Diabetes mellitus (DM) is a risk factor for cardiovascular disease(CVD).1-4 Death rates from heart disease are 2- to 4-times higher among adults with DM compared with those of adults without DM. In the US, it is estimated that 21.1 million adults have diagnosed DM, 8.1 million adults have undiagnosed DM, and 80.8 million adults have prediabetes.3 The American Heart Association has identified an untreated fasting blood glucose level < 100 mg/dL as a component of ideal cardiovascular health.3
Although the use of antidiabetic agents has been shown to reduce the risks of microvascular complications among patients with DM, a cardiovascular benefit has not been consistently demonstrated with all available agents, and some used in the treatment of DM are associated with cardiovascular harm.5 In addition, some cardiovascular medications may contribute to the development of DM or may mask the symptoms of hypoglycemia.6 Given the risk for CVD among patients with DM, a medication with utility in both DM and CVD could be beneficial.
Evidence for Use of Ranolazine
Ranolazine is indicated for the treatment of chronic angina.7 In clinical trials, ranolazine also was found to decrease hemoglobin A1c (HbA1c).8-15 The possible mechanisms for lowering HbA1c with ranolazine include preservation of pancreatic β-cells and an increase in glucose-dependent insulin secretion.6 The most common adverse effects associated with ranolazine include dizziness, headache, constipation, and nausea.7
Ranolazine has been shown to be efficacious and safe in the reduction of angina symptoms among patients with and without DM.8-12 In addition to improving symptoms of angina, studies have demonstrated a reduction in HbA1c among patients taking ranolazine.9,13-15 In an open-label extension of the Combination Assessment of Ranolazine in Stable Angina (CARISA) trial, ranolazine 750 mg twice daily and 1,000 mg twice daily led to a greater reduction in HbA1c when each was compared with placebo (-0.48% HbA1c, P = .008; and -0.70% HbA1c, P = .001, respectively).9
Among the 5,576 patients enrolled in the Metabolic Efficiency With Ranolazine for Less Ischemia in Non-ST-Elevation Acute Coronary Syndromes—Thrombolysis in Myocardial Infarction 36 (MERLIN-TIMI 36) trial with a baseline HbA1c, ranolazine significantly reduced HbA1c at 4 months when compared with placebo among patients with and without DM.13 In addition, patients with DM who were treated with ranolazine were more likely to achieve a HbA1c < 7% at 4 months when compared with placebo (59% vs 49%; P < .001). Ranolazine was not found to increase the incidence of hypoglycemia.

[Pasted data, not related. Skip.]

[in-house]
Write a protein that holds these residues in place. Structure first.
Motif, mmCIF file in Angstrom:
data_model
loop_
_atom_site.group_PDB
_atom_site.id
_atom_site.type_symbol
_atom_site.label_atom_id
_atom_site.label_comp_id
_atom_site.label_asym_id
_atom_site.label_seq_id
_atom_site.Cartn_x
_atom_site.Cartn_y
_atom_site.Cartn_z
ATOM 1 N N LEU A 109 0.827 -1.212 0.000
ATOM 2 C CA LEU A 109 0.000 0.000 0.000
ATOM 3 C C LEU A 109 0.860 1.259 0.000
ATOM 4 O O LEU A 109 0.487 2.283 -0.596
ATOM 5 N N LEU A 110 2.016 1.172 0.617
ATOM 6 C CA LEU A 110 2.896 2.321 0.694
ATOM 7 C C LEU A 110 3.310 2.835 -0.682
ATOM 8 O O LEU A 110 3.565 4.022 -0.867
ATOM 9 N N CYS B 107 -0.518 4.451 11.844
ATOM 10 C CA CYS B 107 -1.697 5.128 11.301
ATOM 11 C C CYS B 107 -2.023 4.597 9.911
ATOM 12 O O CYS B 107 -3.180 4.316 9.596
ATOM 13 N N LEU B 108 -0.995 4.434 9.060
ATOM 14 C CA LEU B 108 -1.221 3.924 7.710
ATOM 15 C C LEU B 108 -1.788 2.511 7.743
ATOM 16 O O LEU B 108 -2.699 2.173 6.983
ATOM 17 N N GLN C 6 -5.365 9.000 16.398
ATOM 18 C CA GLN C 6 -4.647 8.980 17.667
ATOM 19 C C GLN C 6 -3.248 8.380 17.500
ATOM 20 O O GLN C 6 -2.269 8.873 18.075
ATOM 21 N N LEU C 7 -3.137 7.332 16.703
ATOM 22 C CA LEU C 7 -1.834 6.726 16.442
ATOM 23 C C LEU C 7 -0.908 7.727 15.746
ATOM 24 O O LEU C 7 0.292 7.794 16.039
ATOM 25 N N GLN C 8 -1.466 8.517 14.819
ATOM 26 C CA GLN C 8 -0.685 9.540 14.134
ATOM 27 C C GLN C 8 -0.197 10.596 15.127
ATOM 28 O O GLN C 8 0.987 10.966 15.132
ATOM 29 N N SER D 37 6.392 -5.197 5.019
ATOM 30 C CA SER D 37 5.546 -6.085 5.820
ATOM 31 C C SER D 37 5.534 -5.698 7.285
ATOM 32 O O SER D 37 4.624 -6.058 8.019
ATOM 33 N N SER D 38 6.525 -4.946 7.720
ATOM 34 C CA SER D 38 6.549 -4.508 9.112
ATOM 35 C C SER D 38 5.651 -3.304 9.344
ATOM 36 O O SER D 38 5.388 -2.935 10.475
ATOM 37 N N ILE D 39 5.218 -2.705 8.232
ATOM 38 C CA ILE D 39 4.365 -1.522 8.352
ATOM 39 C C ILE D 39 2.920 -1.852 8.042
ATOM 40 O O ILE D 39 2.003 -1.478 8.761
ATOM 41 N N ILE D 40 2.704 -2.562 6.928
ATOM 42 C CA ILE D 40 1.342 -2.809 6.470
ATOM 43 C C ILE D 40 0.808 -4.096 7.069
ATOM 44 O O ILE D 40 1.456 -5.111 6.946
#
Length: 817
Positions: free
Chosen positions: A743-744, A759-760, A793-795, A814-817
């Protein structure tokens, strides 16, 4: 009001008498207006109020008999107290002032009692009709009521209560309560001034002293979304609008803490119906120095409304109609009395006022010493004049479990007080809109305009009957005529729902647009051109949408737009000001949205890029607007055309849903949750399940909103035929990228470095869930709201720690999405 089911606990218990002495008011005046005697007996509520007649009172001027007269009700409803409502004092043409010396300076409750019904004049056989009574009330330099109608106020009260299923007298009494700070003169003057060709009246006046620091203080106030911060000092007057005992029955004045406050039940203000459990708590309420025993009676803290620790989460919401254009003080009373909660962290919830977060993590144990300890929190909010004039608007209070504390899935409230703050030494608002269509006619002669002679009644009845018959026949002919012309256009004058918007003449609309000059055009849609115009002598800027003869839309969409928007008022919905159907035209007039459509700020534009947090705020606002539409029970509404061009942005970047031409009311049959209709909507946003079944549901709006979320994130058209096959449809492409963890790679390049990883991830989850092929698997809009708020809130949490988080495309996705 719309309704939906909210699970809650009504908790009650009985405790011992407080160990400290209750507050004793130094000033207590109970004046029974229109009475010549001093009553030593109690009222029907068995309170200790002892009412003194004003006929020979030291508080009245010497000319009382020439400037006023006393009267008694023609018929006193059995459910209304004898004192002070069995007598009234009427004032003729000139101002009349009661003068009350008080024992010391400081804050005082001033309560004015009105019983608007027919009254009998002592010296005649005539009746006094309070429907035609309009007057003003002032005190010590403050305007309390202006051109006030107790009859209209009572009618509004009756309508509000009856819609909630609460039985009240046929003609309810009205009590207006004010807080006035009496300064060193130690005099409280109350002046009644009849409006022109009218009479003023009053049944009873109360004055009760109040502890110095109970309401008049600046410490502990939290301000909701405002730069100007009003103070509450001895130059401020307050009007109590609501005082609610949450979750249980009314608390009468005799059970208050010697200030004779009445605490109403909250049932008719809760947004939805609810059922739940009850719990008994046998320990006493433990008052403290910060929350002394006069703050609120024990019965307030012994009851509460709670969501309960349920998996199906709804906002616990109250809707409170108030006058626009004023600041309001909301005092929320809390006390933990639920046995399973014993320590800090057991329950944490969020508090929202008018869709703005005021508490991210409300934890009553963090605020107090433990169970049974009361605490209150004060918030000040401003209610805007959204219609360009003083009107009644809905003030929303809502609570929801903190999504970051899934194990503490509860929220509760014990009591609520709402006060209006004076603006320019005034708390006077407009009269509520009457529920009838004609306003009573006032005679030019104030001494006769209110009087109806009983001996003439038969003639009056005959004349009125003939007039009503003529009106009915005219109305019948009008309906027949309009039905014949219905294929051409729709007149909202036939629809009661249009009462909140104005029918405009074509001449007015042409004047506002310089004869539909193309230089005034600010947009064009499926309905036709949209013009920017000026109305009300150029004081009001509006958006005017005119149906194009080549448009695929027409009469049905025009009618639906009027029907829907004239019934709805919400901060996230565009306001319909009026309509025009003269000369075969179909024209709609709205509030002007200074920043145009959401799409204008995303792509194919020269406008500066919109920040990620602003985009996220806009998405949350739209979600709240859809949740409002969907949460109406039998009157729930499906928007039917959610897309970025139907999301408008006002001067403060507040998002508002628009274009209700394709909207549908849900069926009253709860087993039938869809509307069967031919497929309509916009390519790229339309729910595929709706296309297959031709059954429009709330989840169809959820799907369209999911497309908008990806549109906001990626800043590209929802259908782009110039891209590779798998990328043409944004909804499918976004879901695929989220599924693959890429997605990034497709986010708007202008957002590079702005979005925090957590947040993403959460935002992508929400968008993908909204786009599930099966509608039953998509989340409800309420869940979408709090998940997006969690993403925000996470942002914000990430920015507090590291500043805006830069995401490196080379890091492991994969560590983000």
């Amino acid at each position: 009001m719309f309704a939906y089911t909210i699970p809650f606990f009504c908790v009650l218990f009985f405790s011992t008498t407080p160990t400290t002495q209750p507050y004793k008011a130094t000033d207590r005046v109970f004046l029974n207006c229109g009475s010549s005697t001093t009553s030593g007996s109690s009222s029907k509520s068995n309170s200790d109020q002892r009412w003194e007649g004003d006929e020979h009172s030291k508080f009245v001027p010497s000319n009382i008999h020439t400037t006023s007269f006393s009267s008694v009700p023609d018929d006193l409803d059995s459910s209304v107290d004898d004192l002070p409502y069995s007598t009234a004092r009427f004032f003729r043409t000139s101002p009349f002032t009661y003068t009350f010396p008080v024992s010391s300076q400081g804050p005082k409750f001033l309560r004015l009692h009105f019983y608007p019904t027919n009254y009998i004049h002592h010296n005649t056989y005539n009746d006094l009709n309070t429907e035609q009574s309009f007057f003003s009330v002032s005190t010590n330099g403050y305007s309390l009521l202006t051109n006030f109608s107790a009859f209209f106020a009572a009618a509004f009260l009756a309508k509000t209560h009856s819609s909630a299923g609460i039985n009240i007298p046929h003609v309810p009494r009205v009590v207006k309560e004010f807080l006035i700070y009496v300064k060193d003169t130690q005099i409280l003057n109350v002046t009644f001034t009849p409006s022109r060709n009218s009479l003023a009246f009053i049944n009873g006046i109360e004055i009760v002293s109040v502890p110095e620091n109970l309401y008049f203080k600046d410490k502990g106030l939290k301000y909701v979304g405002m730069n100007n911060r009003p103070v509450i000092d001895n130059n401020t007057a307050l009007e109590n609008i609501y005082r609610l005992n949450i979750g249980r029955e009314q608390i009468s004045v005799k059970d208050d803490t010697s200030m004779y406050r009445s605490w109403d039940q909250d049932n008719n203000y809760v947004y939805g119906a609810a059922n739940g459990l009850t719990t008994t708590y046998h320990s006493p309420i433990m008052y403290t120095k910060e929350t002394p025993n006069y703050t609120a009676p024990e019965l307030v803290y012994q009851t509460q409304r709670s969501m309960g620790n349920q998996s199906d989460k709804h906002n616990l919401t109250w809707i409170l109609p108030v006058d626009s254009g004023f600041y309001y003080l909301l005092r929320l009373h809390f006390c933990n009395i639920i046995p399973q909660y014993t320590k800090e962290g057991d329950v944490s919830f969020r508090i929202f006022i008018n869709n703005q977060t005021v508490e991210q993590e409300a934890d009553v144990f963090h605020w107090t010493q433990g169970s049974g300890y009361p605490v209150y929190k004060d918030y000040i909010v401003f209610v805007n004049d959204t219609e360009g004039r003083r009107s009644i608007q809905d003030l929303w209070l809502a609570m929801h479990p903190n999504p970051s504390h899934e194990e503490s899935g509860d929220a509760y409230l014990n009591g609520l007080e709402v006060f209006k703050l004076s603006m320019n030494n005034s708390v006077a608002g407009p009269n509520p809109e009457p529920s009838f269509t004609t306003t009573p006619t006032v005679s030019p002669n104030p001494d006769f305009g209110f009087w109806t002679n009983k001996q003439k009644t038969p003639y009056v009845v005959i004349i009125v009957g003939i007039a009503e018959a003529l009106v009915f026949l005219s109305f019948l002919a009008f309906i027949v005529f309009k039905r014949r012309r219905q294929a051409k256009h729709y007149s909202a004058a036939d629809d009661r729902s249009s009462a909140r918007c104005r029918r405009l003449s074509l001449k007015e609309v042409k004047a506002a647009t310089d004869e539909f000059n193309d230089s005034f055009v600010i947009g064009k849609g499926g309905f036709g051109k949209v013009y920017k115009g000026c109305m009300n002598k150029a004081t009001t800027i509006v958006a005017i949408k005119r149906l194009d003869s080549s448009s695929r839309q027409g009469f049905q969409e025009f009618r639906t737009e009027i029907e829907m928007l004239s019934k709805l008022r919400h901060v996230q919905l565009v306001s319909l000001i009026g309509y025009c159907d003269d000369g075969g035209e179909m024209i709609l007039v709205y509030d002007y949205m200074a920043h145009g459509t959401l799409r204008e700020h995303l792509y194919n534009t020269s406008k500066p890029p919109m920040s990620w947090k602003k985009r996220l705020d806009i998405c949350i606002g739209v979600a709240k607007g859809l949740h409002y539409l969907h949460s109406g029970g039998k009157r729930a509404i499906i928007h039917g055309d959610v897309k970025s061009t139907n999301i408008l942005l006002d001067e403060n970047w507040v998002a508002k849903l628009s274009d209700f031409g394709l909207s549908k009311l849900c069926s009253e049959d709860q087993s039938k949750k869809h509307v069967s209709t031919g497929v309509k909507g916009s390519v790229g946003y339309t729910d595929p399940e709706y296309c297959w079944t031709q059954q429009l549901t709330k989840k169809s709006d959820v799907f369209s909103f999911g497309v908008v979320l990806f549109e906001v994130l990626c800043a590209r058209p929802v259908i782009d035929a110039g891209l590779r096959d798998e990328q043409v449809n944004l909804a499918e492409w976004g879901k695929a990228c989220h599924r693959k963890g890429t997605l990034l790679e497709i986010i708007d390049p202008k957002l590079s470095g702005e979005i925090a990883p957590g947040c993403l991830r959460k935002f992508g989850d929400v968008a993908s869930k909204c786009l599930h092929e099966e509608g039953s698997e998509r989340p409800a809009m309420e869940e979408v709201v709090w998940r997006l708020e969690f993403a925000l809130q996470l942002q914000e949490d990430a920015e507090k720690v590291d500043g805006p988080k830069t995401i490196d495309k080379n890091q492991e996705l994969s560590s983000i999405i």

A subgroup analysis of MERLIN-TIMI 36 evaluated the effects of ranolazine compared with those of placebo on fasting plasma glucose and HbA1c in patients with moderate DM (HbA1c ≥ 6% but < 8%, fasting plasma glucose < 250 mg/dL) and severe DM (A1c ≥ 8%, fasting plasma glucose 150-400 mg/dL).14 A significant reduction in HbA1c with ranolazine in addition to standard of care antidiabetes treatment was observed among both groups. The placebo-corrected decrease in HbA1c in the moderate DM group was 0.28% (95% confidence interval [CI] -0.55 to 0; P = .045) and in the severe DM group was 0.59% (95% CI -0.99 to -0.20; P < .001).
In a trial designed to evaluate change in HbA1c in patients taking ranolazine 1,000 mg twice daily compared with that of placebo, ranolazine led to a greater decrease in HbA1c compared with that of placebo (placebo corrected change in HbA1c -0.56%, P = .001).15 In addition, a higher percentage of patients achieved HbA1c < 7% at 24 weeks in the ranolazine group compared with that of placebo (41.2% vs 25.7%; P = .001). No patient experienced severe hypoglycemia or had documented hypoglycemia in this study.
These trials suggest that ranolazine, in addition to decreasing anginal events, is potentially beneficial in achieving better control of DM. However, more studies are needed to determine this benefit. In addition, no trials have examined the 500-mg twice daily dose of ranolazine in HbA1c reduction.
The purpose of this study was to evaluate the change in HbA1c among veterans with DM after the initiation of ranolazine. The study compared the percentage of veterans achieving HbA1c < 7% or < 8% after initiation of ranolazine with the baseline, to determine whether there is a dose-related change in HbA1c among different ranolazine regimens and to determine whether there is a change in the incidence of hypoglycemia after the initiation of ranolazine.
This was a multicenter, retrospective study. The institutional review board and research and development committee for 3 Veterans Affairs medical centers (VAMCs) approved this study and waived informed consent. Additionally, this study was approved for access to national patient information through the Corporate Data Warehouse (CDW).